Edgnex kicks off its $1 billion data centre rollout: First stop, Saudi Arabia
- Edgnex has picked Riyadh, the capital of the Kingdom of Saudi Arabia (KSA), as the first location for its planned data centre empire
- The company seeks to entice global hyperscalers and innovation into the Kingdom
- JLL was selected as the company’s facilities management partner
- The company, which is owned by billionaire Hussain Sajwani, reportedly plans to invest $1 billion in data centres across Europe, Asia, Africa and the Middle East
Digital infrastructure company Edgnex has selected the Kingdom of Saudi Arabia (KSA) as the first location for the data centre facilities it plans to establish in Europe, Asia, Africa and the Middle East in the near future.
The company, which was established in August 2021 by Hussain Sajwani, Emirati billionaire and founder of property developer Damac Group, unveiled ambitions to “disrupt” the data centre market in the region by promising to deliver “new speed and agility” for the benefit of local economies, enterprises and end users.
In Saudi Arabia, the infrastructure provider will position a colocation data centre less than 20km away from the city centre and 47km from the airport, which is set to offer “low-latency access to the entire KSA market” alongside “high-fibre density and connectivity.”
The facility will have a maximum IT load of 20 megawatts (MW) and will cover an area of 17,720 square metres. It’s expected to go live in Q3 2023.
“We want to help attract hyperscalers and innovators from around the world and give them a foundation for growth in the Kingdom. This is a tremendous opportunity to serve growing local demand while offering world-class facilities to players from across the globe,” commented Niall McLoughlin, Senior Vice President of Damac Group.
In particular, the facility will target local customers, hyperscalers and “other wholesale colocation requirements to eliminate the need for their own facilities,” the company explained.
McLoughlin argued that Saudi Arabia is among “the most exciting and dynamic ICT markets in the MENA [Middle East and North Africa] region.”
Furthermore, the country is also said to be one of the most connected countries in the region, representing an “ideal hub for connecting Asia, Africa, the GCC [Gulf Cooperation Council] and Europe.” And, McLoughlin added, the company views the market as “a hyperconnected crossroads and one of the most strategic locations for data centre investment in the region.”
Another factor for the company’s decision to invest in Saudi Arabia is growing data usage in the region, fuelled by the use of bandwidth-hungry applications and services: It is estimated that more than half of the country’s population (33.4 million people) is under 30 years old, explaining the increasing growth in the use of digital services.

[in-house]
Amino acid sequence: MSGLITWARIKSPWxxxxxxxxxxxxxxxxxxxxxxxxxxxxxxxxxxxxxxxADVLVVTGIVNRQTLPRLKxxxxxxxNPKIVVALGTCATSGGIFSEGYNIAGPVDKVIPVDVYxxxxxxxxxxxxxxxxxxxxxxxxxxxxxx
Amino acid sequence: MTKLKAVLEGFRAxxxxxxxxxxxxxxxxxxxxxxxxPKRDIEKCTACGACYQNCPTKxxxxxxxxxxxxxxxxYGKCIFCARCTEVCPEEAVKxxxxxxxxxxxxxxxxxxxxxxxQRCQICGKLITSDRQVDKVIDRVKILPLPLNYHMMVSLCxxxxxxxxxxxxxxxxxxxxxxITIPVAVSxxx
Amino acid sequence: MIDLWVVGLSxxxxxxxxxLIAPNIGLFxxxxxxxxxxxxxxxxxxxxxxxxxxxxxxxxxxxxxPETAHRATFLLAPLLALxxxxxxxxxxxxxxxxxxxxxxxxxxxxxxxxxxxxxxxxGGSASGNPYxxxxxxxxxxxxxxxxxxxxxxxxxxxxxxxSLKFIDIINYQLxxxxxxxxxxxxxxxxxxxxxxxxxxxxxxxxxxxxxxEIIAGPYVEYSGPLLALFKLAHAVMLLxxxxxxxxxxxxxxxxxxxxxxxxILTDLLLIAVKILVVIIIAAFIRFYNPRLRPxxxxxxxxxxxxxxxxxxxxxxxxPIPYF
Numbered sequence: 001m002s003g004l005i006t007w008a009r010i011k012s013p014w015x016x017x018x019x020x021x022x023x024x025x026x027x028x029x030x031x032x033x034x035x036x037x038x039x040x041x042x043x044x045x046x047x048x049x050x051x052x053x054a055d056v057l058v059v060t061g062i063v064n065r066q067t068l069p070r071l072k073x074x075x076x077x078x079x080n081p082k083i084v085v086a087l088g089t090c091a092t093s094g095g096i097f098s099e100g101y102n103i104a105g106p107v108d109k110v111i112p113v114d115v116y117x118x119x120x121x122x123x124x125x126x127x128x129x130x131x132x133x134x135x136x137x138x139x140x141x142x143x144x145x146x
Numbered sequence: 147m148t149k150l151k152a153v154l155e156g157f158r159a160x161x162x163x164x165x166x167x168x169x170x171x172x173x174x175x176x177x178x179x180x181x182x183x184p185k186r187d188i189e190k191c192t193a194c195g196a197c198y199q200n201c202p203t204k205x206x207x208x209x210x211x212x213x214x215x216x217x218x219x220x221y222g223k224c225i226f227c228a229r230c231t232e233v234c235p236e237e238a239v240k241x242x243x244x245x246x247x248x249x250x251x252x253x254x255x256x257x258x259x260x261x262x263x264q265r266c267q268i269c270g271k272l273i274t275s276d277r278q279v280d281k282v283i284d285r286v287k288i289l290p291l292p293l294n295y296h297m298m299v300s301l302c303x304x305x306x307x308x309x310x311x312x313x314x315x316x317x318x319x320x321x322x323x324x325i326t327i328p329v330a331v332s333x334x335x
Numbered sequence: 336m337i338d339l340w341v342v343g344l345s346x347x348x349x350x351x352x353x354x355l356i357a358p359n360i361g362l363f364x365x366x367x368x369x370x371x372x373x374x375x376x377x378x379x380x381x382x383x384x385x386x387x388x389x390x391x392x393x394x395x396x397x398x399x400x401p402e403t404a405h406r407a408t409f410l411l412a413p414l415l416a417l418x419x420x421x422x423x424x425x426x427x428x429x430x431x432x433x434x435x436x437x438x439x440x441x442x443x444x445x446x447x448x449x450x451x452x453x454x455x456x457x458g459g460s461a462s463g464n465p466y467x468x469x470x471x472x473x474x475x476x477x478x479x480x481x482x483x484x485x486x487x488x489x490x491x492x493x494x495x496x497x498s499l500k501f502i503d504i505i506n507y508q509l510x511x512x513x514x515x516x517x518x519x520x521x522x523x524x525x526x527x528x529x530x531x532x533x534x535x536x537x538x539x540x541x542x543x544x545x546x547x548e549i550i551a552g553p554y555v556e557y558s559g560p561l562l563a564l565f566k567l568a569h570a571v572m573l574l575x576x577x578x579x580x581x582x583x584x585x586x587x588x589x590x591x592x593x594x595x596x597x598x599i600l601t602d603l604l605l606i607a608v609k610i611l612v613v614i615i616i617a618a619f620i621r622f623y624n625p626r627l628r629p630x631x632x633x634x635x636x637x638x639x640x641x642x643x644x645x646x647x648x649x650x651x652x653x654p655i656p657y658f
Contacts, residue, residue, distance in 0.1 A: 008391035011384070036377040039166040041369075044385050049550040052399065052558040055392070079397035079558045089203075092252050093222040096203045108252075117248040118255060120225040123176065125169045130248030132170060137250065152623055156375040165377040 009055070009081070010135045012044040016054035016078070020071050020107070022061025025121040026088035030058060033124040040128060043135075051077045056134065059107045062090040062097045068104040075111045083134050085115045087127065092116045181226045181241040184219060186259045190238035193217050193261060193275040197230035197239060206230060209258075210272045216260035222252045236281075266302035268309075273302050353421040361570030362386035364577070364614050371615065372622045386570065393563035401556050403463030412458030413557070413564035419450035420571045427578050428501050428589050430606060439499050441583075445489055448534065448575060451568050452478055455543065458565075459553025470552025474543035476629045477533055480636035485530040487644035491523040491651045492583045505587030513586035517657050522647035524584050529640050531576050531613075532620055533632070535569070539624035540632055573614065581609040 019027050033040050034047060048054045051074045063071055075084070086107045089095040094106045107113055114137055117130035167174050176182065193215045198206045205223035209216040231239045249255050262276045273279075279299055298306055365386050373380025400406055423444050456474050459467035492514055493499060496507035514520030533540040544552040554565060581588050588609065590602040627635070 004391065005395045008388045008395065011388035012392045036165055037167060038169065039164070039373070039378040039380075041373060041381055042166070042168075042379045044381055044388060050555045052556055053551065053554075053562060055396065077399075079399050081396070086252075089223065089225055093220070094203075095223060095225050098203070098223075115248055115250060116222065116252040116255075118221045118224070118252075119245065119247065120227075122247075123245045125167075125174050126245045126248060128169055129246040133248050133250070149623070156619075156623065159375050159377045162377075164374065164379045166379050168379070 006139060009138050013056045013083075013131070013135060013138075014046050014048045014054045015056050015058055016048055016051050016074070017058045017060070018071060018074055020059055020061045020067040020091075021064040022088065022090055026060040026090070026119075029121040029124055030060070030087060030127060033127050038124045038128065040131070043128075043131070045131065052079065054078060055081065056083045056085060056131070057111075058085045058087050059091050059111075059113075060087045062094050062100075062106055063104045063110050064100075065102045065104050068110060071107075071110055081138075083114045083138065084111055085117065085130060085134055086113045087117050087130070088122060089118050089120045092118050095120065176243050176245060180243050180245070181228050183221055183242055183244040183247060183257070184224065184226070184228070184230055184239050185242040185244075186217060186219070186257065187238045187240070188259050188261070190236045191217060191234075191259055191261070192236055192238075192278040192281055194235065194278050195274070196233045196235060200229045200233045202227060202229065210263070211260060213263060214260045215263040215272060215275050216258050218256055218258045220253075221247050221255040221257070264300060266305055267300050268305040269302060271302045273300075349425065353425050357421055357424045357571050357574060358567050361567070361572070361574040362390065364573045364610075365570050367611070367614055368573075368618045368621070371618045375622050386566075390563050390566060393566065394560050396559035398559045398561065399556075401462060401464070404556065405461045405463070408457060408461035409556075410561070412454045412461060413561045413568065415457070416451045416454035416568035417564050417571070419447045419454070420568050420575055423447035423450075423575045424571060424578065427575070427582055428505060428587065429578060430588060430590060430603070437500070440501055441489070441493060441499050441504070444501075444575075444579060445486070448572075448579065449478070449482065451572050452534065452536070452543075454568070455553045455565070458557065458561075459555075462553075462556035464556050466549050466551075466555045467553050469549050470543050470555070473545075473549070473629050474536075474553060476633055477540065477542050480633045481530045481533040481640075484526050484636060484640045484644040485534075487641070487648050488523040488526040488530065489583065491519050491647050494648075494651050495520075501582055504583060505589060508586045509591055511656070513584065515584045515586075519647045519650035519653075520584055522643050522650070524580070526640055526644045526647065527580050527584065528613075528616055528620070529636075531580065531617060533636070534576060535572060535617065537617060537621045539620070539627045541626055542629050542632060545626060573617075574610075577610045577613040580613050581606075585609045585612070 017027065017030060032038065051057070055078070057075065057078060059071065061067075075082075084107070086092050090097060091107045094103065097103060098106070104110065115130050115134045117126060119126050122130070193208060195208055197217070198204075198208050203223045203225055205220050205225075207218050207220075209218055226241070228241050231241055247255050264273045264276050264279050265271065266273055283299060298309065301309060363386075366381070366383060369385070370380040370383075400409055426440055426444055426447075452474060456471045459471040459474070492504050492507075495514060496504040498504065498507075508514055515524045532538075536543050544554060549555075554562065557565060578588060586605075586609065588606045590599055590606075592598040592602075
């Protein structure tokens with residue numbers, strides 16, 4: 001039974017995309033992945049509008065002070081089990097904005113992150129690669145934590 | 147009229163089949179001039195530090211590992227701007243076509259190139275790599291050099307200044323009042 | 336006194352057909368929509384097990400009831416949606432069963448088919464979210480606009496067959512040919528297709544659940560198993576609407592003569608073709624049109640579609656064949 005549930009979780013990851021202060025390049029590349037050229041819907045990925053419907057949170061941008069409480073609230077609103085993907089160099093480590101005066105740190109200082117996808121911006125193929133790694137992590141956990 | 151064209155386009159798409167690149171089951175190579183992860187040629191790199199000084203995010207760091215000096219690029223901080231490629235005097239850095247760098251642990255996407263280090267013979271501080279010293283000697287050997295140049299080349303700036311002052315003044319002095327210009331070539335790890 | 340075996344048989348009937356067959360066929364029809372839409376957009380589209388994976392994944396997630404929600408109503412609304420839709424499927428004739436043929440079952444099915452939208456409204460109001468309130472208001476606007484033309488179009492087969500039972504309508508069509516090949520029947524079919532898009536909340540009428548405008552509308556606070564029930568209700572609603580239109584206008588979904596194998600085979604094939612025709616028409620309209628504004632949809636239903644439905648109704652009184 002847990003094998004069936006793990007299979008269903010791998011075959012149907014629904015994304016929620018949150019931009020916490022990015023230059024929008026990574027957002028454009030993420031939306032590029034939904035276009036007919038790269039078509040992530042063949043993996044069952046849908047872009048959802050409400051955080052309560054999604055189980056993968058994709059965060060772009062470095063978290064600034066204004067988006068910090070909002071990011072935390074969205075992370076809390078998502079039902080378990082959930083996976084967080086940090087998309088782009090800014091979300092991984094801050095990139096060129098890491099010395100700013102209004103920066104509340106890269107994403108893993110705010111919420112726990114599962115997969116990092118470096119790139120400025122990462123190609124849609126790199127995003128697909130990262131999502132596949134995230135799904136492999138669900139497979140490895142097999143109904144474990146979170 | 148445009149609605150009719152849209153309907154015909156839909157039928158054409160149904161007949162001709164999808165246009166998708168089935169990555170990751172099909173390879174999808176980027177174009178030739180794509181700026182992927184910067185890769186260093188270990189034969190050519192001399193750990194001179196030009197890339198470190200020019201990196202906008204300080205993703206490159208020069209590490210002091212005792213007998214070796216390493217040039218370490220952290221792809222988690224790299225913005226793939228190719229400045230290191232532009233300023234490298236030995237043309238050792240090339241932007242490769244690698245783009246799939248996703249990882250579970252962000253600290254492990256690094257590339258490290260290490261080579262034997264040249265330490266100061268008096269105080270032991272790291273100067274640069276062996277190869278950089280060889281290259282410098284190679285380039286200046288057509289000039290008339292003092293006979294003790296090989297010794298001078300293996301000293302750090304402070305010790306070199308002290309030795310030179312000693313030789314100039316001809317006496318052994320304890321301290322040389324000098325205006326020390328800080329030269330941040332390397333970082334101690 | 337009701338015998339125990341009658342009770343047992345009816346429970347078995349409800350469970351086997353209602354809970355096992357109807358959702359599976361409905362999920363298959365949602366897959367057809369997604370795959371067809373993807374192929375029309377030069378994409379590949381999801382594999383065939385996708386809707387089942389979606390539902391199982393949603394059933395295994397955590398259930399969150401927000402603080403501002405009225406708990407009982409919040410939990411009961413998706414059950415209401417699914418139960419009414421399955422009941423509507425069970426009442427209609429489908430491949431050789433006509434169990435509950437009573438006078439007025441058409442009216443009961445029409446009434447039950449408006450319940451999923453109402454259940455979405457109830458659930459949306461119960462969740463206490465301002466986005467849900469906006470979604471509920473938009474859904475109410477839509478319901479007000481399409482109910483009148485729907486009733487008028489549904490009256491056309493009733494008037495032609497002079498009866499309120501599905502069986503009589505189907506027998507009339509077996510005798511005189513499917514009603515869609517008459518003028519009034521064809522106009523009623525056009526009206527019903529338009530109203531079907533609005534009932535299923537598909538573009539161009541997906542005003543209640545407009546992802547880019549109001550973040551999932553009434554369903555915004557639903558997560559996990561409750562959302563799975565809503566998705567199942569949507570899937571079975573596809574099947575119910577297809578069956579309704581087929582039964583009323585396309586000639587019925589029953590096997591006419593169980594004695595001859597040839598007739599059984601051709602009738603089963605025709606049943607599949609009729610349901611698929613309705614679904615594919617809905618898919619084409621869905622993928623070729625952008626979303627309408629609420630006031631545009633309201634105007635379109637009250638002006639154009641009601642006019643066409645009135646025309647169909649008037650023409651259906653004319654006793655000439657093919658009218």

Edgnex said its data centre will also support KSA’s Vision for 2030 – a strategic framework seeking to diversify the country’s economy. It would do so by “providing a foundation for local and regional digital transformation and innovation, while aiming to attract global multi-nationals to the country.”
The company has already selected JLL, a provider of real estate and investment management services, as its preferred facilities management partner for its data centre operations. JLL’s role will be to support Edgnex in supporting incident management and other supporting services, such as ‘remote hands’ management and maintenance, white space provision (the area where IT equipment is placed) and customer relations. JLL was also in the news recently as it published a new report on the data centre market in India with Nxtra, Bharti Airtel’s data centre business.
McLoughlin noted that Edgnex’s journey “has just begun,” and that the company is in the process of buying, building and partnering to create data centres in “underserved and overlooked markets in Africa, Asia, Europe and the Middle East,” with announcements about other facilities expected in the coming months.
“We’re disrupting the data centre market by proactively building where local markets demand new digital infrastructure. The boom in demand is too great for a ‘wait and see’ approach. From hyperscalers to local innovators, data centre facilities are critical to support new growth and deliver new applications and services to end users,” argued McLoughlin.
Sajwani recently told CNBC about his plans to invest $1 billion for the creation of a global network of data centres with a footprint across the EMEA region and Asia. He reportedly said that expanding his real estate business into data centres was a natural progression as the global Covid-19 pandemic speeds up the shift to digital work and entertainment. Sajwani also expressed belief his company can build data centres at a more reasonable price than its competitors, the media company reported. Apart from Saudi Arabia, initial plans include setting up data centres in Turkey and the Republic of Ireland, where Sajwani’s Damac Group has invested in Dublin-based Dataplex Group.
Sajwani’s ambitions to enter the data centre market are far from surprising in times when demand is said to be higher than ever. Last week, Synergy Research Group estimated that while there are already 728 hyperscale data centres in the world, another 314 new facilities are already planned. Going forward, the number of global data centre facilities is expected to hit 1,200 by 2026. (See How many hyperscale data centres does the world need? Hundreds more, it seems.)
Telehouse also upped efforts in the market, opening the doors to its newest, and most expensive, data centre in its European portfolio just last week.
- Yanitsa Boyadzhieva, Deputy Editor, TelecomTV
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